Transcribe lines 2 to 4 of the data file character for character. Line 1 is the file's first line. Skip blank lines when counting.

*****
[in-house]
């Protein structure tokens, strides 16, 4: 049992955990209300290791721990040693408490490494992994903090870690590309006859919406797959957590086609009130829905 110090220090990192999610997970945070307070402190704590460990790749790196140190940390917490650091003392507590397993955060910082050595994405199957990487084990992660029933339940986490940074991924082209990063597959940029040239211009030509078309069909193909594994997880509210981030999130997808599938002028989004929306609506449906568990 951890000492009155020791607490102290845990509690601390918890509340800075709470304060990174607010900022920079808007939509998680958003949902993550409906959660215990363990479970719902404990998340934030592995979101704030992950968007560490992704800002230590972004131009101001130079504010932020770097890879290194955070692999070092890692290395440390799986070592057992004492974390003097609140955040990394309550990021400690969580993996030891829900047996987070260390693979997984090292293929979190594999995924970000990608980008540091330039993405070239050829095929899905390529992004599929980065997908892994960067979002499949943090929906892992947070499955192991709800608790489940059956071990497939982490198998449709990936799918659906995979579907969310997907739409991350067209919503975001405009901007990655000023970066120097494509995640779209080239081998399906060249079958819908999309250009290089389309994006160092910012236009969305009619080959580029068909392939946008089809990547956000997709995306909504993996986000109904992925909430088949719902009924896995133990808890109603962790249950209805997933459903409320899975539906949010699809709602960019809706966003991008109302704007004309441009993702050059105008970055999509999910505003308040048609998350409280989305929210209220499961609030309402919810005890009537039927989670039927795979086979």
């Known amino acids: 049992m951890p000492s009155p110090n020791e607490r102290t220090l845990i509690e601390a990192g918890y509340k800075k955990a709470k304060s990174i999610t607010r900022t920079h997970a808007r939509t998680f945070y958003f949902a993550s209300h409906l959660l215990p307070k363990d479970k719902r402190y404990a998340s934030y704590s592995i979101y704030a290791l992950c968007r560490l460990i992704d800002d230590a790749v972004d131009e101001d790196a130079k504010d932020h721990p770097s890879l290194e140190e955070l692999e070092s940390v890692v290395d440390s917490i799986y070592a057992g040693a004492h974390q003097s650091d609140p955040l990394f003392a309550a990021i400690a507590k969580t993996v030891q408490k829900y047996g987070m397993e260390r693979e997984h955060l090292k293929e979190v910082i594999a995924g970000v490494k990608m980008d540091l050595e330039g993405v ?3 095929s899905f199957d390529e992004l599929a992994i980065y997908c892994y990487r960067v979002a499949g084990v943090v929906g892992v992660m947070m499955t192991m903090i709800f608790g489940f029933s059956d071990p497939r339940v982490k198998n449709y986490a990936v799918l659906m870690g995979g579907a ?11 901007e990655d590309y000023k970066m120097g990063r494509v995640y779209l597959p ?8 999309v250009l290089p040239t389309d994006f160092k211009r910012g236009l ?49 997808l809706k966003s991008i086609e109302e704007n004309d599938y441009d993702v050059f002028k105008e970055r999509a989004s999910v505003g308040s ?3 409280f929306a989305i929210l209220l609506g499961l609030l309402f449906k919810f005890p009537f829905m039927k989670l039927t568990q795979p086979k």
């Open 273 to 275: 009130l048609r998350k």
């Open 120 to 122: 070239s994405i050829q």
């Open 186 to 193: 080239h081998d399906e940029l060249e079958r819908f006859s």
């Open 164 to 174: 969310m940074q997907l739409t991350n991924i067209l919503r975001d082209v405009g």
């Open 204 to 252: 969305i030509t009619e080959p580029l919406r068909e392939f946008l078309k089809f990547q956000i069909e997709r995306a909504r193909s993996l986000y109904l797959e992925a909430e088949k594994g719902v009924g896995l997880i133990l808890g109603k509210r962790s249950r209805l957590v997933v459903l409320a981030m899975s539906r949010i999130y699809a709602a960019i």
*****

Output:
């Protein structure tokens, strides 16, 4: 049992955990209300290791721990040693408490490494992994903090870690590309006859919406797959957590086609009130829905 110090220090990192999610997970945070307070402190704590460990790749790196140190940390917490650091003392507590397993955060910082050595994405199957990487084990992660029933339940986490940074991924082209990063597959940029040239211009030509078309069909193909594994997880509210981030999130997808599938002028989004929306609506449906568990 951890000492009155020791607490102290845990509690601390918890509340800075709470304060990174607010900022920079808007939509998680958003949902993550409906959660215990363990479970719902404990998340934030592995979101704030992950968007560490992704800002230590972004131009101001130079504010932020770097890879290194955070692999070092890692290395440390799986070592057992004492974390003097609140955040990394309550990021400690969580993996030891829900047996987070260390693979997984090292293929979190594999995924970000990608980008540091330039993405070239050829095929899905390529992004599929980065997908892994960067979002499949943090929906892992947070499955192991709800608790489940059956071990497939982490198998449709990936799918659906995979579907969310997907739409991350067209919503975001405009901007990655000023970066120097494509995640779209080239081998399906060249079958819908999309250009290089389309994006160092910012236009969305009619080959580029068909392939946008089809990547956000997709995306909504993996986000109904992925909430088949719902009924896995133990808890109603962790249950209805997933459903409320899975539906949010699809709602960019809706966003991008109302704007004309441009993702050059105008970055999509999910505003308040048609998350409280989305929210209220499961609030309402919810005890009537039927989670039927795979086979």
């Known amino acids: 049992m951890p000492s009155p110090n020791e607490r102290t220090l845990i509690e601390a990192g918890y509340k800075k955990a709470k304060s990174i999610t607010r900022t920079h997970a808007r939509t998680f945070y958003f949902a993550s209300h409906l959660l215990p307070k363990d479970k719902r402190y404990a998340s934030y704590s592995i979101y704030a290791l992950c968007r560490l460990i992704d800002d230590a790749v972004d131009e101001d790196a130079k504010d932020h721990p770097s890879l290194e140190e955070l692999e070092s940390v890692v290395d440390s917490i799986y070592a057992g040693a004492h974390q003097s650091d609140p955040l990394f003392a309550a990021i400690a507590k969580t993996v030891q408490k829900y047996g987070m397993e260390r693979e997984h955060l090292k293929e979190v910082i594999a995924g970000v490494k990608m980008d540091l050595e330039g993405v ?3 095929s899905f199957d390529e992004l599929a992994i980065y997908c892994y990487r960067v979002a499949g084990v943090v929906g892992v992660m947070m499955t192991m903090i709800f608790g489940f029933s059956d071990p497939r339940v982490k198998n449709y986490a990936v799918l659906m870690g995979g579907a ?11 901007e990655d590309y000023k970066m120097g990063r494509v995640y779209l597959p ?8 999309v250009l290089p040239t389309d994006f160092k211009r910012g236009l ?49 997808l809706k966003s991008i086609e109302e704007n004309d599938y441009d993702v050059f002028k105008e970055r999509a989004s999910v505003g308040s ?3 409280f929306a989305i929210l209220l609506g499961l609030l309402f449906k919810f005890p009537f829905m039927k989670l039927t568990q795979p086979k």
């Open 273 to 275: 009130l048609r998350k």